The maximum weekly benefit for TDI is $1,173 each week or up to 55% of the employee’s regular wages, whichever is less.

Employers don’t have to administer the approval, paperwork, or payment of TDI unless they offer a privately held TDI. However, it is important for employers to understand how TDI works and to inform employees of benefits available under TDI.

Pregnancy Disability Insurance Overview

Pregnancy Disability Insurance is a branch of TDI. It provides up to 4 weeks of disability wage supplement during pregnancy. In addition, employees can get another 6 weeks of wage supplement after the birth of a child. In some cases, such as a cesarian, employees can get pregnancy disability insurance longer.

Just like TDI, wages are supplemented at 55% of the employee’s regular wages.

California’s Paid Family Leave

The paid family leave offered through the state of California provide up to 6 weeks to bond with a new child or to help care for a family member who is seriously ill. Paid Family Leave is in addition to Pregnancy Disability Insurance so a new mother who was disabled and received 4 weeks of benefit before the birth of her child and 6 weeks after the child’s birth would also be eligible for another 6 weeks of bonding leave.

Paid Family Leave requires a certification of the family member’s serious illness or injury or of the birth, adoption or foster care placement of a child into the home. In addition to the ability to care for children and parents, Paid Family Leave also provides benefit for employees to care for their parents-in-law, grandparents, and grandchildren.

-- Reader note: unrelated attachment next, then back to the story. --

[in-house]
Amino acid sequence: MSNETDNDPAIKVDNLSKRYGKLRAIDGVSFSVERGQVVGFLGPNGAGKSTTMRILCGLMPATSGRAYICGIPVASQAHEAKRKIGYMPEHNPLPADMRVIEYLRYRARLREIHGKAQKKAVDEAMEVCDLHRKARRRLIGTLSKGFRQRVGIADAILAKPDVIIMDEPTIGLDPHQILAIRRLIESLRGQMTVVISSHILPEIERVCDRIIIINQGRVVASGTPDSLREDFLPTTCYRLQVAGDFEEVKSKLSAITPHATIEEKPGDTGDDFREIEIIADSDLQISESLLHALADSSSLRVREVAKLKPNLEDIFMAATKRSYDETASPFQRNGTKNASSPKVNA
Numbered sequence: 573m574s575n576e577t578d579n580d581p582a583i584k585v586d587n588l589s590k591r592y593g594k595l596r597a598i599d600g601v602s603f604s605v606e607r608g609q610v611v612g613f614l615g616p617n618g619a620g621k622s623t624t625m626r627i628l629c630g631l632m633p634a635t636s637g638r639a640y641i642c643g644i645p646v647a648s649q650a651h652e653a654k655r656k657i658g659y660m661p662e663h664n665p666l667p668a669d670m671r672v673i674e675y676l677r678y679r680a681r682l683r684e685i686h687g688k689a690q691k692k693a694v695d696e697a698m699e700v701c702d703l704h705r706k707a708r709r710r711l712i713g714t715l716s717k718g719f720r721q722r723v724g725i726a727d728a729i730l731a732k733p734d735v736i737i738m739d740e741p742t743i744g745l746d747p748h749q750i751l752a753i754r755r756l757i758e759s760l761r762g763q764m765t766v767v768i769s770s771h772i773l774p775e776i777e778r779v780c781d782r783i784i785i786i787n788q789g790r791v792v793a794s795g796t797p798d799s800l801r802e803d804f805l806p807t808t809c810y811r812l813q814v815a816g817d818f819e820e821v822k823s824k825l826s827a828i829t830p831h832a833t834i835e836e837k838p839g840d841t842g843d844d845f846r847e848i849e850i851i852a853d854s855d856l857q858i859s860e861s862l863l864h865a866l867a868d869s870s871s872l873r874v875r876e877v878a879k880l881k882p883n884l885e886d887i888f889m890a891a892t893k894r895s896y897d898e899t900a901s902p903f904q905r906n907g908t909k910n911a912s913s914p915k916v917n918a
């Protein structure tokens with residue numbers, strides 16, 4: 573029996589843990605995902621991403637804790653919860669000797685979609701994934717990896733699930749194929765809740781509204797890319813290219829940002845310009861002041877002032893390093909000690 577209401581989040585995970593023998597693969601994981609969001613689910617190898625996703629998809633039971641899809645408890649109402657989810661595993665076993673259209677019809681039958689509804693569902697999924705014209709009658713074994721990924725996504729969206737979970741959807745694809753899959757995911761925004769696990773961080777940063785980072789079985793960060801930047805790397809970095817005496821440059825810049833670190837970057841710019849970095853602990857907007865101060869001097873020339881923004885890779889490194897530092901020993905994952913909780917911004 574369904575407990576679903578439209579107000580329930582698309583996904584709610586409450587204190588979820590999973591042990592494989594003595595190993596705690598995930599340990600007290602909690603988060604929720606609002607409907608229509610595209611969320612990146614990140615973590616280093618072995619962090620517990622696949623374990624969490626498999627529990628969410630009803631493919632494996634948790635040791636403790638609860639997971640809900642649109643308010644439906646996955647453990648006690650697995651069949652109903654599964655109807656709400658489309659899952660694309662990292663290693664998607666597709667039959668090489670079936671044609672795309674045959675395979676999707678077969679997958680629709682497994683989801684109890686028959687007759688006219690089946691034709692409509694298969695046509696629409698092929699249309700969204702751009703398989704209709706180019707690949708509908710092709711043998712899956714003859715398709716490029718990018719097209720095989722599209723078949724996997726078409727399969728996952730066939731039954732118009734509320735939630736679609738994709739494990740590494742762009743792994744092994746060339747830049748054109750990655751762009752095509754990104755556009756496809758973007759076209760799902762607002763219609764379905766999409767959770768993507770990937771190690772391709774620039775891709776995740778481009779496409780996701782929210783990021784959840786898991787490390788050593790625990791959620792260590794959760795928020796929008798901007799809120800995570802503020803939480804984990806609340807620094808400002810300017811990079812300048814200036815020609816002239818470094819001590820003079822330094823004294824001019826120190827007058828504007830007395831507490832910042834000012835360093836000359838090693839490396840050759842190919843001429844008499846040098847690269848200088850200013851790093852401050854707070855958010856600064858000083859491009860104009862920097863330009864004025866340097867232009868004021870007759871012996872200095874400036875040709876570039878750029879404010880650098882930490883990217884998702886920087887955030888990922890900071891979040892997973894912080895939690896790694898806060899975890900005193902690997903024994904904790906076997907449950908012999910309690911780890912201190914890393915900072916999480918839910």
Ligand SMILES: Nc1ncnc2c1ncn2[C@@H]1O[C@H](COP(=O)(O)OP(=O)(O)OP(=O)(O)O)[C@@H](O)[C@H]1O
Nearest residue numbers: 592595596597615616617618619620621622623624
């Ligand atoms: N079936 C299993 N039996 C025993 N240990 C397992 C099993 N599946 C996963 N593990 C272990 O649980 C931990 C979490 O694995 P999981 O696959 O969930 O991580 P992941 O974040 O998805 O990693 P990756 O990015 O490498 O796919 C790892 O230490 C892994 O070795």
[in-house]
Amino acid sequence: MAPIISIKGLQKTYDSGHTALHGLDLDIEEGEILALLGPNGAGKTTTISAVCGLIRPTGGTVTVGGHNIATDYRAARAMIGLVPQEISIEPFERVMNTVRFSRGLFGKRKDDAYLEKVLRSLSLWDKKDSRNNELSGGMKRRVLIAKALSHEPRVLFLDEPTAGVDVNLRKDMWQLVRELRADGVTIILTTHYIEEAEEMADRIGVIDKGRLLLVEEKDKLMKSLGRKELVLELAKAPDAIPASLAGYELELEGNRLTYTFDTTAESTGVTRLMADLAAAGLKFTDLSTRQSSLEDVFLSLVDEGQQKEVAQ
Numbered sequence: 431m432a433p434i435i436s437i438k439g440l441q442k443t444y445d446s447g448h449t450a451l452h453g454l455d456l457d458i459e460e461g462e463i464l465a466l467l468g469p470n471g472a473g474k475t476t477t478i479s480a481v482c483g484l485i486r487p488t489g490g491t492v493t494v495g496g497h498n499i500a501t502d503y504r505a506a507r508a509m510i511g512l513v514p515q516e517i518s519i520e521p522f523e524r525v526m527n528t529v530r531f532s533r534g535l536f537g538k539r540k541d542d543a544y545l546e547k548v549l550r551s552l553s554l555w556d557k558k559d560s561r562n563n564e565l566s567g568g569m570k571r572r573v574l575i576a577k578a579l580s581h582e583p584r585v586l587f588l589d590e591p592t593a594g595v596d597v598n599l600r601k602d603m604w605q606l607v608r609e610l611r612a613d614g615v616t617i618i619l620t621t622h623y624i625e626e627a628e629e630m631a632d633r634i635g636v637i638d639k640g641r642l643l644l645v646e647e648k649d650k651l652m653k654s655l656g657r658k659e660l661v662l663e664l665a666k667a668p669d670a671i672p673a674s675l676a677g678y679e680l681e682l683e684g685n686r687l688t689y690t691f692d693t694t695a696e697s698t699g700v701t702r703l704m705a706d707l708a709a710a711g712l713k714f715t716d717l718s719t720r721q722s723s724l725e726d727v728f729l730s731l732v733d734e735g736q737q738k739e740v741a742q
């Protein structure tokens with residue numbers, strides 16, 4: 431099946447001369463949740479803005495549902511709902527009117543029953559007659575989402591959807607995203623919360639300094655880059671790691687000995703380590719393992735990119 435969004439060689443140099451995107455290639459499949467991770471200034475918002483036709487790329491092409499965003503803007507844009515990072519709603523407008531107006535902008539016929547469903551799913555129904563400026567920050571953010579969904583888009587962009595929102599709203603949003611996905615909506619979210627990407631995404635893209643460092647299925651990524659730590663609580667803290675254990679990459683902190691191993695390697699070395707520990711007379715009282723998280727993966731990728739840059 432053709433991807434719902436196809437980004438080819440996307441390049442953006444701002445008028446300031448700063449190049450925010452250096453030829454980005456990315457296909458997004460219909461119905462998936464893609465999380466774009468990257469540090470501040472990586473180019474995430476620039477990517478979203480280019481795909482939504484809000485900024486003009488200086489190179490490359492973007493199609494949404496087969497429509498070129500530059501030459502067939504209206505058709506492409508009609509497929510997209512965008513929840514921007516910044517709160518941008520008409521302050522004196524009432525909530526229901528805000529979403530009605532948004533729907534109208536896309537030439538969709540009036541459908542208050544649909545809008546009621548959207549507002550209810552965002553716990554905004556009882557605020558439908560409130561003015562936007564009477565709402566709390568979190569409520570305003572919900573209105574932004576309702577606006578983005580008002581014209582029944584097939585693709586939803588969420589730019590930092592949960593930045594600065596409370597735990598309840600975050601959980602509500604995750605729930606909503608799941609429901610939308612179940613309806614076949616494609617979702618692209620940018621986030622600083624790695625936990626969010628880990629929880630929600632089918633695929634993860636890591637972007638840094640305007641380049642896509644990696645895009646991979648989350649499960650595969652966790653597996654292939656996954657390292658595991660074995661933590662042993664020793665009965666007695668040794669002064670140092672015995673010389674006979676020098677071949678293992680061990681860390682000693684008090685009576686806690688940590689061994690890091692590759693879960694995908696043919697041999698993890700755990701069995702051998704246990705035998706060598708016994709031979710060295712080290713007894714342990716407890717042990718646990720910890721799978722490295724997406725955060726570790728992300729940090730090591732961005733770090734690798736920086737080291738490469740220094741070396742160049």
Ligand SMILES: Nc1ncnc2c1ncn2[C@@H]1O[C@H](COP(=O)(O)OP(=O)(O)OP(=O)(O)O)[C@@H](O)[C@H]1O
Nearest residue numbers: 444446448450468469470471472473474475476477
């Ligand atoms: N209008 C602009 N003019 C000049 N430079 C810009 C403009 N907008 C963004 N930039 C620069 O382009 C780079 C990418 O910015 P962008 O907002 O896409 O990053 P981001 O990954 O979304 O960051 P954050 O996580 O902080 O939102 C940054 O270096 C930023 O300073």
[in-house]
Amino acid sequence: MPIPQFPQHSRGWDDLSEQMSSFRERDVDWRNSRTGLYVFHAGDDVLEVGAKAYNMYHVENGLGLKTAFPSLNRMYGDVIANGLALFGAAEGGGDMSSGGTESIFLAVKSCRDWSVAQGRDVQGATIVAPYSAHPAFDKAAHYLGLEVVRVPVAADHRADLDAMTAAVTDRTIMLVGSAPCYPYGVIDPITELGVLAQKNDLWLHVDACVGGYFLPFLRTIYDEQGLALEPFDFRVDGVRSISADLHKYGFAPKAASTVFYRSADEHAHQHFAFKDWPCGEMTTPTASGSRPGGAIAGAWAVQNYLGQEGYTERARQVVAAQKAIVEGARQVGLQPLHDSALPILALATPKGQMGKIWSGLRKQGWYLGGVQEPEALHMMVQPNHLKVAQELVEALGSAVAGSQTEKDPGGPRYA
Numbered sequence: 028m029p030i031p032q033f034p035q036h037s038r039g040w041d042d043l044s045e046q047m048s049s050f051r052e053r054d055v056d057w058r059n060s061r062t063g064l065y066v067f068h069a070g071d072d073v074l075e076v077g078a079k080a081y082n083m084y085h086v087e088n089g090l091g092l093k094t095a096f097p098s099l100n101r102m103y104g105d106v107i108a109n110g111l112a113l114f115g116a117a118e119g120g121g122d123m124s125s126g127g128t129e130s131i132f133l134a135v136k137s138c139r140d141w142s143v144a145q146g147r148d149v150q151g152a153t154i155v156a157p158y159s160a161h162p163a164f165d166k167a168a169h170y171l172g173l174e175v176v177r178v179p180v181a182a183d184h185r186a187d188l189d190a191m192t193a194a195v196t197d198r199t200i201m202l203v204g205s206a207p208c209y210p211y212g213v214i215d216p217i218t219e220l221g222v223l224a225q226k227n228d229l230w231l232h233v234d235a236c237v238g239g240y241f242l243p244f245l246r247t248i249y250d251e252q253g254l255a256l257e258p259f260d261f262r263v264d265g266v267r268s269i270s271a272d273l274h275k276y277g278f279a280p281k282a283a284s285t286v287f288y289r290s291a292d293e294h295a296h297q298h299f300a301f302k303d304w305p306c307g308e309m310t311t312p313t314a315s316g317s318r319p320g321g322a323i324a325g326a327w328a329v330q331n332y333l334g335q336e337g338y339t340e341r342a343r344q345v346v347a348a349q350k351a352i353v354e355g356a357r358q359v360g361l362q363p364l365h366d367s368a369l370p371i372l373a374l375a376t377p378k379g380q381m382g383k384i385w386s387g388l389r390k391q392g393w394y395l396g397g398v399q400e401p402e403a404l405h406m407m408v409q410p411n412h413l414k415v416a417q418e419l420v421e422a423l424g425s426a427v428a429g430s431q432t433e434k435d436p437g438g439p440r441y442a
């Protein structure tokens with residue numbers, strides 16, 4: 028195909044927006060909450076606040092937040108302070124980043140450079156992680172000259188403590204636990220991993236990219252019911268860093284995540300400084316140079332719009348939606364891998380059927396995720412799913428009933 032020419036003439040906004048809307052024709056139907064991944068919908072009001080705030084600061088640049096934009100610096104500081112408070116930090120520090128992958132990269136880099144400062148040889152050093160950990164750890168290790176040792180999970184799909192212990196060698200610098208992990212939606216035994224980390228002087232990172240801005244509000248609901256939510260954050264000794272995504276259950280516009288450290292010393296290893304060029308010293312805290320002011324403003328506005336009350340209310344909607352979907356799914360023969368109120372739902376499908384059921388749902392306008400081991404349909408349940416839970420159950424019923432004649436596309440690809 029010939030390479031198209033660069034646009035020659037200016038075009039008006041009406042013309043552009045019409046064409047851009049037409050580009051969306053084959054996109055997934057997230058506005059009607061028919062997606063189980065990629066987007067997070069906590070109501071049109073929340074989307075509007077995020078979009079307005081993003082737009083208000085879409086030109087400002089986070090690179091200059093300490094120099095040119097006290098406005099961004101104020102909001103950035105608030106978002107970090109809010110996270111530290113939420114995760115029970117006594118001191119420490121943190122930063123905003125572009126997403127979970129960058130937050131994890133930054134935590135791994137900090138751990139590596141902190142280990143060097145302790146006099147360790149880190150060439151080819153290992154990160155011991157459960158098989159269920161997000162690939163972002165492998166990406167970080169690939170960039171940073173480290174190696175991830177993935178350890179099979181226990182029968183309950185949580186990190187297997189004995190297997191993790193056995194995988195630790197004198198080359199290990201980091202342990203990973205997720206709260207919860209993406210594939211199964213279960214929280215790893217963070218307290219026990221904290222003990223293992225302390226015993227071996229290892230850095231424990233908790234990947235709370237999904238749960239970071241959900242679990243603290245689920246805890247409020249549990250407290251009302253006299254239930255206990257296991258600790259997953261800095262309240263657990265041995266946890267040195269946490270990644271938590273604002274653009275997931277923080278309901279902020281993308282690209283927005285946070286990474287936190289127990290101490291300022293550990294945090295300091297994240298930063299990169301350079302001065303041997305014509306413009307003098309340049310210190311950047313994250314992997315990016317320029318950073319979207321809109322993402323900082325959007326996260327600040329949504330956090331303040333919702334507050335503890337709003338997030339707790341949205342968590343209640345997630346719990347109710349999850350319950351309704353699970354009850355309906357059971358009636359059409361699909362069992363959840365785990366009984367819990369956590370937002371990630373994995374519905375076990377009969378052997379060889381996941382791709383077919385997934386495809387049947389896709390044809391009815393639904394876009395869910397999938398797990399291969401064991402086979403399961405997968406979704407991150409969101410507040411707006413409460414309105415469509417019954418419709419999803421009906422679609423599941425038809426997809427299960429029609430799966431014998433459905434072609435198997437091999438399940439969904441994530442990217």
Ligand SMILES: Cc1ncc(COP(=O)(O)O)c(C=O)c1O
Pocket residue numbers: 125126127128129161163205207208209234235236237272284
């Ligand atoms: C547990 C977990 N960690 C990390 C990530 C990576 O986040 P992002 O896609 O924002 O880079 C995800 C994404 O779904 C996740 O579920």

Family Rights Care Act and other Protected Leaves

In addition to the Pregnancy Disability Leave Act, California also has it own FMLA law. Its called the California Family Rights Act (CFRA) and it provides leave for employees who need to take time to care for a family member with a serious injury or illness or who want to bond with a new child. CFRA does not provide disability leave time, although California law includes a paid sick leave law and the PLD.

In addition, California law also provides protected leave of up to 10 days for victims of domestic violence or sexual assault.

Military spouse leave provides up to 10 days when an employee’s spouse is deployed on active duty and allows the spouse to take time off when the military personnel is also on leave.

California’s drug or alcohol rehab leave doesn’t provide a specific number of days, but provides a ‘reasonable’ leave for the employee to attend a drug or alcohol rehab program.  

Let SwipeClock Help

Businesses in California have to abide by many leave laws, both local and statewide. These employers have to monitor sick leave accrual, ensure compliance and tracking of the appropriate leave laws, and depending on their location, have to comply with secure scheduling laws.

Additionally, these businesses have to also comply with Federal Overtime Laws, the Family Medical Leave Act, Affordable Care Act and any other national or local laws that are enacted. SwipeClock provides a comprehensive array of workforce management and time tracking tools that can help businesses to more easily stay in compliance with local and national laws.

Records are effortlessly kept for years and accrual is automatically tracked and reported to employees according to the state and city laws. Additionally, with geo-timekeeping clocks, businesses can effortlessly track time worked in specific cities to ensure compliance.


California Comparison of FMLA, CFRA, and PDL

Pregnancy Disability Leave FAQ

Written by Annemaria Duran. Last updated June 20, 2017